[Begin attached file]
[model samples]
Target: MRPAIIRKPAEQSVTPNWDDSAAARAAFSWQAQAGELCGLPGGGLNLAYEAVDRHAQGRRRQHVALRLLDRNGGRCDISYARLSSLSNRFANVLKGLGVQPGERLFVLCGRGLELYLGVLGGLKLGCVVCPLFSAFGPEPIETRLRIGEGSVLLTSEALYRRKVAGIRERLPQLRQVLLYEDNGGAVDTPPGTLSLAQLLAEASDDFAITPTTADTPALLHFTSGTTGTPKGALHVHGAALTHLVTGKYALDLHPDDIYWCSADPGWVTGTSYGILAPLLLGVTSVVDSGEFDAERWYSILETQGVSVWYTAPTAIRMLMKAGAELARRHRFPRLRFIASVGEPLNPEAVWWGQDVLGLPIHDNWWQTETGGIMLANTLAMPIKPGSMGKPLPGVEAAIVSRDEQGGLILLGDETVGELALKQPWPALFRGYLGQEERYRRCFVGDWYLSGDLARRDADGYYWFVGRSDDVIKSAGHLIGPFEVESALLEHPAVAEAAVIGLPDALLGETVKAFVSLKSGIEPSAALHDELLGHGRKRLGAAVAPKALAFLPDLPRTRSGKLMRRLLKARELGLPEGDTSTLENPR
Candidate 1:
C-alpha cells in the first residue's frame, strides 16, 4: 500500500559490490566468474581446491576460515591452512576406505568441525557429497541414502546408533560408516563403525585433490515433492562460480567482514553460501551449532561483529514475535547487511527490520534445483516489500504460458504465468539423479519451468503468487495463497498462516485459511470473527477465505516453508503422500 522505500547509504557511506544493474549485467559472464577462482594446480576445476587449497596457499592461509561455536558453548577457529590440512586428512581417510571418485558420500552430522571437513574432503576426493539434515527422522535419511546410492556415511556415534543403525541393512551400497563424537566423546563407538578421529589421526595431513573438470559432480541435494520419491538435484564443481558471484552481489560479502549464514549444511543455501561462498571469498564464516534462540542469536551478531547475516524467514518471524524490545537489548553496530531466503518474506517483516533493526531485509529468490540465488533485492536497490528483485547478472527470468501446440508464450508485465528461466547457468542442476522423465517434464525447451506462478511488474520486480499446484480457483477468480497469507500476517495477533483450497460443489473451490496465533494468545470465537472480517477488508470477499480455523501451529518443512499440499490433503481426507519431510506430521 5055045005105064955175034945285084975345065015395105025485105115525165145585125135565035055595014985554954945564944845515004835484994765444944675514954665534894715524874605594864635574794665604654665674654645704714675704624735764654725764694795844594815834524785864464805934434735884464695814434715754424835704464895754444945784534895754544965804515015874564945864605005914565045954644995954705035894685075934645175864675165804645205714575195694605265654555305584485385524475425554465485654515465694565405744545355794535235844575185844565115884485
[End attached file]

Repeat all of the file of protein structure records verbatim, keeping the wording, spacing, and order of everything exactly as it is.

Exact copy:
[model samples]
Target: MRPAIIRKPAEQSVTPNWDDSAAARAAFSWQAQAGELCGLPGGGLNLAYEAVDRHAQGRRRQHVALRLLDRNGGRCDISYARLSSLSNRFANVLKGLGVQPGERLFVLCGRGLELYLGVLGGLKLGCVVCPLFSAFGPEPIETRLRIGEGSVLLTSEALYRRKVAGIRERLPQLRQVLLYEDNGGAVDTPPGTLSLAQLLAEASDDFAITPTTADTPALLHFTSGTTGTPKGALHVHGAALTHLVTGKYALDLHPDDIYWCSADPGWVTGTSYGILAPLLLGVTSVVDSGEFDAERWYSILETQGVSVWYTAPTAIRMLMKAGAELARRHRFPRLRFIASVGEPLNPEAVWWGQDVLGLPIHDNWWQTETGGIMLANTLAMPIKPGSMGKPLPGVEAAIVSRDEQGGLILLGDETVGELALKQPWPALFRGYLGQEERYRRCFVGDWYLSGDLARRDADGYYWFVGRSDDVIKSAGHLIGPFEVESALLEHPAVAEAAVIGLPDALLGETVKAFVSLKSGIEPSAALHDELLGHGRKRLGAAVAPKALAFLPDLPRTRSGKLMRRLLKARELGLPEGDTSTLENPR
Candidate 1:
C-alpha cells in the first residue's frame, strides 16, 4: 500500500559490490566468474581446491576460515591452512576406505568441525557429497541414502546408533560408516563403525585433490515433492562460480567482514553460501551449532561483529514475535547487511527490520534445483516489500504460458504465468539423479519451468503468487495463497498462516485459511470473527477465505516453508503422500 522505500547509504557511506544493474549485467559472464577462482594446480576445476587449497596457499592461509561455536558453548577457529590440512586428512581417510571418485558420500552430522571437513574432503576426493539434515527422522535419511546410492556415511556415534543403525541393512551400497563424537566423546563407538578421529589421526595431513573438470559432480541435494520419491538435484564443481558471484552481489560479502549464514549444511543455501561462498571469498564464516534462540542469536551478531547475516524467514518471524524490545537489548553496530531466503518474506517483516533493526531485509529468490540465488533485492536497490528483485547478472527470468501446440508464450508485465528461466547457468542442476522423465517434464525447451506462478511488474520486480499446484480457483477468480497469507500476517495477533483450497460443489473451490496465533494468545470465537472480517477488508470477499480455523501451529518443512499440499490433503481426507519431510506430521 5055045005105064955175034945285084975345065015395105025485105115525165145585125135565035055595014985554954945564944845515004835484994765444944675514954665534894715524874605594864635574794665604654665674654645704714675704624735764654725764694795844594815834524785864464805934434735884464695814434715754424835704464895754444945784534895754544965804515015874564945864605005914565045954644995954705035894685075934645175864675165804645205714575195694605265654555305584485385524475425554465485654515465694565405744545355794535235844575185844565115884485